Receipt notification is yet another way for senders ensure their confidential files are being delivered and opened by the right people. Additionally, using file transfer applications that utilize an expiration time that keeps the file available is a great way to mitigate unauthorized access.
As mentioned earlier, adhering to industry and corporate compliance policies has is critical. Corporate governance regulations include but not limited to:
- Sarbanes-Oxley Section 404: Requires audit trails, authenticity, record retention
- HIPAA requirements: Record retention, privacy protection, service trails
- 21 CFR Part 11: Record retention, authenticity, confidentiality, audit trails
- Department of Defense (DOD) 5015.2: Record authenticity, protection, secure shredding
While there are many criteria to consider when deciding how to implement and leverage file transfer activities within your organization, there are really a few simple areas to focus on:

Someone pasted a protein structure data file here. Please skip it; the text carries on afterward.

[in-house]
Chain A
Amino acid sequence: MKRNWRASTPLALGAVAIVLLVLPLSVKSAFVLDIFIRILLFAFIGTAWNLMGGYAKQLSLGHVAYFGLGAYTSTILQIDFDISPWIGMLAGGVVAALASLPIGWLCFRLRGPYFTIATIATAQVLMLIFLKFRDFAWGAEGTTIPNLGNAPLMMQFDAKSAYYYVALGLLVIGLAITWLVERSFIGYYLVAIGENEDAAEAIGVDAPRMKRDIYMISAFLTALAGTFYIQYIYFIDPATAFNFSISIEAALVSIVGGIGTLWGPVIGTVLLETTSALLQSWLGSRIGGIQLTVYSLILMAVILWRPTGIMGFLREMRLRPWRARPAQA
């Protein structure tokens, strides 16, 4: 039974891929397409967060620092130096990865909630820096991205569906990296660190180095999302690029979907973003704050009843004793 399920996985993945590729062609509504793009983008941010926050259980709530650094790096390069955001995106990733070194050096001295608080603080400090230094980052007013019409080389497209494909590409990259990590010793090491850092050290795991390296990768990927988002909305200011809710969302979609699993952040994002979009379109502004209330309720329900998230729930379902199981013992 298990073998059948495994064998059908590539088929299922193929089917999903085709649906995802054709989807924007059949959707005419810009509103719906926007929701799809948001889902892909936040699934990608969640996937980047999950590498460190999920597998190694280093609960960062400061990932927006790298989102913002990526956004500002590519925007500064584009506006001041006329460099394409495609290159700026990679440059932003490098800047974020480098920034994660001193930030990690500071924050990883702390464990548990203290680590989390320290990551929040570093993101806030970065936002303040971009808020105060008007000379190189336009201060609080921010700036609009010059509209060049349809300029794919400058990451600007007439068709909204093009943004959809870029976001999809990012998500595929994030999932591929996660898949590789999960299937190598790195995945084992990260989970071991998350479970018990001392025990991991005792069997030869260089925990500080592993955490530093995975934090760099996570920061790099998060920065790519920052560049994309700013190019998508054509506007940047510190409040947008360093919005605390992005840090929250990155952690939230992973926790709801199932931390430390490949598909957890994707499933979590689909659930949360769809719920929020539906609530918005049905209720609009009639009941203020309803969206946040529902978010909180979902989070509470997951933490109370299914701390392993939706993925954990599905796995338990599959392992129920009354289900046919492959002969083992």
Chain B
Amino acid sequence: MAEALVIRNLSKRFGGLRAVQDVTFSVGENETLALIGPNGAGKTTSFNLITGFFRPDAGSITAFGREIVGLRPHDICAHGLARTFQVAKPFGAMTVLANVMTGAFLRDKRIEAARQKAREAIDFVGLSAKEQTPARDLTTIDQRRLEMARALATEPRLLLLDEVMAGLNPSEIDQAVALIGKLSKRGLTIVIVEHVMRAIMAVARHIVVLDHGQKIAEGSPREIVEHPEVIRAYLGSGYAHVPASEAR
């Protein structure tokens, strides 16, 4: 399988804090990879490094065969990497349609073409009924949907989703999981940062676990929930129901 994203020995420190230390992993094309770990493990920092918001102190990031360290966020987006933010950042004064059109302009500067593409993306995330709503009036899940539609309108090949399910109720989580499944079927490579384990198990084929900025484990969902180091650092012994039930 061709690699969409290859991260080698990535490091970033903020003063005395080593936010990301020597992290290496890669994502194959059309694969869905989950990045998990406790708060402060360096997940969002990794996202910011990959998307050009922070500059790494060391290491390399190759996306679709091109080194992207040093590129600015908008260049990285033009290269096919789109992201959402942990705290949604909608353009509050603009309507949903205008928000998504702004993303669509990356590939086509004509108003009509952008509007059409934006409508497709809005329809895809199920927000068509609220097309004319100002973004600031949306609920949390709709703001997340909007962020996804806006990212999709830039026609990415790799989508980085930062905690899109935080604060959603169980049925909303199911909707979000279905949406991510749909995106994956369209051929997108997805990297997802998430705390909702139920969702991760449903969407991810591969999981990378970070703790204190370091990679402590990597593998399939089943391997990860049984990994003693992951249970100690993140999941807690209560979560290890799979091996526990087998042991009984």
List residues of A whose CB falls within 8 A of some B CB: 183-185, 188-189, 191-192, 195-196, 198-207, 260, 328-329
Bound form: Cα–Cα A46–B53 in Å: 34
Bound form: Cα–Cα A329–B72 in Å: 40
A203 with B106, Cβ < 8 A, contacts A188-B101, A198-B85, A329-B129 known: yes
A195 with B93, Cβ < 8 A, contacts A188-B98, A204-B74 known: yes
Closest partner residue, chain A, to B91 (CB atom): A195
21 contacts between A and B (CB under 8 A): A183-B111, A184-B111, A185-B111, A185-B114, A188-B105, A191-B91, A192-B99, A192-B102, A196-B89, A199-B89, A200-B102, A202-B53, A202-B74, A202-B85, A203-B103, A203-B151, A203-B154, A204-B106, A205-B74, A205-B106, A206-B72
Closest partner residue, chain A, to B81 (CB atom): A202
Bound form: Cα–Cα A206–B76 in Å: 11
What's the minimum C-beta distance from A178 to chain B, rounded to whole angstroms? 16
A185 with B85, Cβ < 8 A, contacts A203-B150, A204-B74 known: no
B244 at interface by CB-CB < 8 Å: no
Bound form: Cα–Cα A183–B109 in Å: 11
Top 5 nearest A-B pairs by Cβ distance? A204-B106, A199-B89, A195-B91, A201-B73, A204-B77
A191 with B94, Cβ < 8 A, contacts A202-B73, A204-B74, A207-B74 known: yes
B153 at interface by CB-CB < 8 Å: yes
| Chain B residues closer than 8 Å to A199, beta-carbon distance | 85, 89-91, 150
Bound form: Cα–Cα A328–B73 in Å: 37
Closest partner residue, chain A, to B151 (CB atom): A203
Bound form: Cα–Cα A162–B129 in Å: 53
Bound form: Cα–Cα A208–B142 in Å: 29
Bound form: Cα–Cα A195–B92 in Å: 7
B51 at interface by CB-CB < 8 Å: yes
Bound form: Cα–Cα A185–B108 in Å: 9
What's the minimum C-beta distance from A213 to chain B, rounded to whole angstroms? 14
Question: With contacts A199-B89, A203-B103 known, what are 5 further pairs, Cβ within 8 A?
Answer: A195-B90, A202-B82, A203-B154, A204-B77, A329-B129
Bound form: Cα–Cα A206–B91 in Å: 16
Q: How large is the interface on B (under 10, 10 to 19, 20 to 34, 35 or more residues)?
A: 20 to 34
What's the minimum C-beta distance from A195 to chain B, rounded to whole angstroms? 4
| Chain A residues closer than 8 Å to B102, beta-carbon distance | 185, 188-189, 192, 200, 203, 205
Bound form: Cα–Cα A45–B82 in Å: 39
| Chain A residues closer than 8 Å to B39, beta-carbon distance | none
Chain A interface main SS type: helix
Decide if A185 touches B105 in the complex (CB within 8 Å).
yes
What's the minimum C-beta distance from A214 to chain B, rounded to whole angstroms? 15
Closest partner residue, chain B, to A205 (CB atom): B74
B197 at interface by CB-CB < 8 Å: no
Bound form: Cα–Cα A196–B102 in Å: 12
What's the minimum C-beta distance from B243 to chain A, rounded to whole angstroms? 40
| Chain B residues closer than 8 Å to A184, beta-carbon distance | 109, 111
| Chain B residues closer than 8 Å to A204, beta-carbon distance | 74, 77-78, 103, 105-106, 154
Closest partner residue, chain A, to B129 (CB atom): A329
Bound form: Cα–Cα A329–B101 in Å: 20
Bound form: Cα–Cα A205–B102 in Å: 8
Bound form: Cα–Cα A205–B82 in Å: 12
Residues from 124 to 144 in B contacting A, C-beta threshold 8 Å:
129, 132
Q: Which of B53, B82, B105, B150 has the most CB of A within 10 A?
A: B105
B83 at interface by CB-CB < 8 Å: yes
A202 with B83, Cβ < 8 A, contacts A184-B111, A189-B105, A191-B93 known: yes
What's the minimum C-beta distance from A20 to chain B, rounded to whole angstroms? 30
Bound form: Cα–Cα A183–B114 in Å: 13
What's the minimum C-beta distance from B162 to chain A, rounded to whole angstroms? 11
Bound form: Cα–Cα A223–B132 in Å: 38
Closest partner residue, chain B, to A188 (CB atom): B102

- Choose a secure protocol
- Implement data protection in-transit and at-rest
- Utilize effective encryption technology
- Maximize access controls
- Leverage auditing and reporting functionality
- Adhere to corporate and industry compliance policies
While that may seem like an endless number of steps, it can be easier than it sounds as long as you evaluate and execute file transfer activity that protects and secure your sensitive data.
Stuart Lisk, Senior Product Manager, Hubspan
Stuart Lisk is a Senior Product Manager for Hubspan, working closely with customers, executives, engineering and marketing to establish and drive an aggressive product strategy and roadmap. Stuart has over 20 years of experience in product management, spanning enterprise network, system, storage and application products, including ten years managing cloud computing (SaaS) products. He brings extensive knowledge and experience in product positioning, messaging, product strategy development, and product life cycle development process management. Stuart holds a Certificate of Cloud Security Knowledge (CCSK) from the Cloud Security Alliance, and a Bachelor of Science in Business Administration from Bowling Green State University.